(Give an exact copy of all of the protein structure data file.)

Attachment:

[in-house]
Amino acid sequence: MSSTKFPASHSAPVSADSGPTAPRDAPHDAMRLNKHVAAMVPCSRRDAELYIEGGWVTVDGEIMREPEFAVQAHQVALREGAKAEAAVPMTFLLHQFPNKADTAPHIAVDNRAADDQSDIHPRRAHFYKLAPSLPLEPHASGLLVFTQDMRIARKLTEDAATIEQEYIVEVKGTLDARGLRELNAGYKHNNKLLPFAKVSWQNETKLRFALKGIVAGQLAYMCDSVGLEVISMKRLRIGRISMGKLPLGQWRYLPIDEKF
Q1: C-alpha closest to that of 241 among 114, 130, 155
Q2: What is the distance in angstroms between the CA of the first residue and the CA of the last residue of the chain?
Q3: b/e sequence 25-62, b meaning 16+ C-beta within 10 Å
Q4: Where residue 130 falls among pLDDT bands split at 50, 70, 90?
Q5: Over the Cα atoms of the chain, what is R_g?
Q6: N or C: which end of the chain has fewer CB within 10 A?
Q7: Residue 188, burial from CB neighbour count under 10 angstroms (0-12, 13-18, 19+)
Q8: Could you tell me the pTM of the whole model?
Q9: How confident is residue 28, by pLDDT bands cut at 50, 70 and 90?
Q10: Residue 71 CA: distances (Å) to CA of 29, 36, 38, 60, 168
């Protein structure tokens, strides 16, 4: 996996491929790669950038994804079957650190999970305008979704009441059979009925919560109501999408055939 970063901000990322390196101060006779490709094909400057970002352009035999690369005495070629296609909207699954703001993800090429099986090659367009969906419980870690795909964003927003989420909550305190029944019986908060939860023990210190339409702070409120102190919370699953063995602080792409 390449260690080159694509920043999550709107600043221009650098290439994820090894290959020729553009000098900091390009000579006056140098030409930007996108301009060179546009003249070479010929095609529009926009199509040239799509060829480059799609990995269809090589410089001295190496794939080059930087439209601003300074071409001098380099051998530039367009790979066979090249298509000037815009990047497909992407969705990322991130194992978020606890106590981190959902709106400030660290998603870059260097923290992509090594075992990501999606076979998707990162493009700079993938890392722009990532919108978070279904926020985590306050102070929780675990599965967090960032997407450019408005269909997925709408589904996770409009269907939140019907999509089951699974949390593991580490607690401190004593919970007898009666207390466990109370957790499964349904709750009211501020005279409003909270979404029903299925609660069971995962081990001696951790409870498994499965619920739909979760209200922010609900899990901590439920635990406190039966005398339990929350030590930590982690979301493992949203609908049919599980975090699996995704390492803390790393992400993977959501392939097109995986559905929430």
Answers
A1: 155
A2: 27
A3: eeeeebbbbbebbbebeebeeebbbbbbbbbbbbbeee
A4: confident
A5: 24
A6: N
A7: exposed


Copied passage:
[in-house]
Amino acid sequence: MSSTKFPASHSAPVSADSGPTAPRDAPHDAMRLNKHVAAMVPCSRRDAELYIEGGWVTVDGEIMREPEFAVQAHQVALREGAKAEAAVPMTFLLHQFPNKADTAPHIAVDNRAADDQSDIHPRRAHFYKLAPSLPLEPHASGLLVFTQDMRIARKLTEDAATIEQEYIVEVKGTLDARGLRELNAGYKHNNKLLPFAKVSWQNETKLRFALKGIVAGQLAYMCDSVGLEVISMKRLRIGRISMGKLPLGQWRYLPIDEKF
Q1: C-alpha closest to that of 241 among 114, 130, 155
Q2: What is the distance in angstroms between the CA of the first residue and the CA of the last residue of the chain?
Q3: b/e sequence 25-62, b meaning 16+ C-beta within 10 Å
Q4: Where residue 130 falls among pLDDT bands split at 50, 70, 90?
Q5: Over the Cα atoms of the chain, what is R_g?
Q6: N or C: which end of the chain has fewer CB within 10 A?
Q7: Residue 188, burial from CB neighbour count under 10 angstroms (0-12, 13-18, 19+)
Q8: Could you tell me the pTM of the whole model?
Q9: How confident is residue 28, by pLDDT bands cut at 50, 70 and 90?
Q10: Residue 71 CA: distances (Å) to CA of 29, 36, 38, 60, 168
């Protein structure tokens, strides 16, 4: 996996491929790669950038994804079957650190999970305008979704009441059979009925919560109501999408055939 970063901000990322390196101060006779490709094909400057970002352009035999690369005495070629296609909207699954703001993800090429099986090659367009969906419980870690795909964003927003989420909550305190029944019986908060939860023990210190339409702070409120102190919370699953063995602080792409 390449260690080159694509920043999550709107600043221009650098290439994820090894290959020729553009000098900091390009000579006056140098030409930007996108301009060179546009003249070479010929095609529009926009199509040239799509060829480059799609990995269809090589410089001295190496794939080059930087439209601003300074071409001098380099051998530039367009790979066979090249298509000037815009990047497909992407969705990322991130194992978020606890106590981190959902709106400030660290998603870059260097923290992509090594075992990501999606076979998707990162493009700079993938890392722009990532919108978070279904926020985590306050102070929780675990599965967090960032997407450019408005269909997925709408589904996770409009269907939140019907999509089951699974949390593991580490607690401190004593919970007898009666207390466990109370957790499964349904709750009211501020005279409003909270979404029903299925609660069971995962081990001696951790409870498994499965619920739909979760209200922010609900899990901590439920635990406190039966005398339990929350030590930590982690979301493992949203609908049919599980975090699996995704390492803390790393992400993977959501392939097109995986559905929430």
Answers
A1: 155
A2: 27
A3: eeeeebbbbbebbbebeebeeebbbbbbbbbbbbbeee
A4: confident
A5: 24
A6: N
A7: exposed